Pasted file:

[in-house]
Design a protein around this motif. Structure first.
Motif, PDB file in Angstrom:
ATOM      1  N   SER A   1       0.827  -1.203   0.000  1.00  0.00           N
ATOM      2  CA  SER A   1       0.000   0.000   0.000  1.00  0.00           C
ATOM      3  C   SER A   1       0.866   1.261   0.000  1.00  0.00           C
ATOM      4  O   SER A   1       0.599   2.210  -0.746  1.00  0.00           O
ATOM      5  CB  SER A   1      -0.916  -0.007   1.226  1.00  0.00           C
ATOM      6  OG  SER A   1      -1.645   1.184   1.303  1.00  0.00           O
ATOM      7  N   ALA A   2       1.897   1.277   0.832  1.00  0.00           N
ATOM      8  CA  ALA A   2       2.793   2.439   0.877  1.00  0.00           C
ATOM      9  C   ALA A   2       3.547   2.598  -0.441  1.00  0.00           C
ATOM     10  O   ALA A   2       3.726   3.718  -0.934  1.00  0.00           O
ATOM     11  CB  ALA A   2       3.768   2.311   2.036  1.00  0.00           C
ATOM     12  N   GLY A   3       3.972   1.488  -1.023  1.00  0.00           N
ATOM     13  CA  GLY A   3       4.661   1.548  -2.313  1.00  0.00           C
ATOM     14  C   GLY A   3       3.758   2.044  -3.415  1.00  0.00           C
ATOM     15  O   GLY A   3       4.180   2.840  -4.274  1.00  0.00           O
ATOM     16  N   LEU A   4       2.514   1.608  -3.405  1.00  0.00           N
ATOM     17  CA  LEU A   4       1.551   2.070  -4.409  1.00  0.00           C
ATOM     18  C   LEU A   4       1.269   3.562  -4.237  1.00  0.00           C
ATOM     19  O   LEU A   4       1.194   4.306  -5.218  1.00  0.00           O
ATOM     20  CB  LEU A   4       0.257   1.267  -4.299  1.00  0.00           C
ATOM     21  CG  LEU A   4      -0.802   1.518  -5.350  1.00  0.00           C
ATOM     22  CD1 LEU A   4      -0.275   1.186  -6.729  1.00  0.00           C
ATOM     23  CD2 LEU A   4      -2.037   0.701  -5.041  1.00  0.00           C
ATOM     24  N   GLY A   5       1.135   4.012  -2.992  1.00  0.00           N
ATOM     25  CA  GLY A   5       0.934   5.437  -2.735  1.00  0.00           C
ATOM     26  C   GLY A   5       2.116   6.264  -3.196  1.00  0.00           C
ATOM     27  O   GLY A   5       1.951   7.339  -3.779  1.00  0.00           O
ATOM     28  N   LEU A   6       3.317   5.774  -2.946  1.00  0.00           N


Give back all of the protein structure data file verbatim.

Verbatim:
[in-house]
Design a protein around this motif. Structure first.
Motif, PDB file in Angstrom:
ATOM      1  N   SER A   1       0.827  -1.203   0.000  1.00  0.00           N
ATOM      2  CA  SER A   1       0.000   0.000   0.000  1.00  0.00           C
ATOM      3  C   SER A   1       0.866   1.261   0.000  1.00  0.00           C
ATOM      4  O   SER A   1       0.599   2.210  -0.746  1.00  0.00           O
ATOM      5  CB  SER A   1      -0.916  -0.007   1.226  1.00  0.00           C
ATOM      6  OG  SER A   1      -1.645   1.184   1.303  1.00  0.00           O
ATOM      7  N   ALA A   2       1.897   1.277   0.832  1.00  0.00           N
ATOM      8  CA  ALA A   2       2.793   2.439   0.877  1.00  0.00           C
ATOM      9  C   ALA A   2       3.547   2.598  -0.441  1.00  0.00           C
ATOM     10  O   ALA A   2       3.726   3.718  -0.934  1.00  0.00           O
ATOM     11  CB  ALA A   2       3.768   2.311   2.036  1.00  0.00           C
ATOM     12  N   GLY A   3       3.972   1.488  -1.023  1.00  0.00           N
ATOM     13  CA  GLY A   3       4.661   1.548  -2.313  1.00  0.00           C
ATOM     14  C   GLY A   3       3.758   2.044  -3.415  1.00  0.00           C
ATOM     15  O   GLY A   3       4.180   2.840  -4.274  1.00  0.00           O
ATOM     16  N   LEU A   4       2.514   1.608  -3.405  1.00  0.00           N
ATOM     17  CA  LEU A   4       1.551   2.070  -4.409  1.00  0.00           C
ATOM     18  C   LEU A   4       1.269   3.562  -4.237  1.00  0.00           C
ATOM     19  O   LEU A   4       1.194   4.306  -5.218  1.00  0.00           O
ATOM     20  CB  LEU A   4       0.257   1.267  -4.299  1.00  0.00           C
ATOM     21  CG  LEU A   4      -0.802   1.518  -5.350  1.00  0.00           C
ATOM     22  CD1 LEU A   4      -0.275   1.186  -6.729  1.00  0.00           C
ATOM     23  CD2 LEU A   4      -2.037   0.701  -5.041  1.00  0.00           C
ATOM     24  N   GLY A   5       1.135   4.012  -2.992  1.00  0.00           N
ATOM     25  CA  GLY A   5       0.934   5.437  -2.735  1.00  0.00           C
ATOM     26  C   GLY A   5       2.116   6.264  -3.196  1.00  0.00           C
ATOM     27  O   GLY A   5       1.951   7.339  -3.779  1.00  0.00           O
ATOM     28  N   LEU A   6       3.317   5.774  -2.946  1.00  0.00           N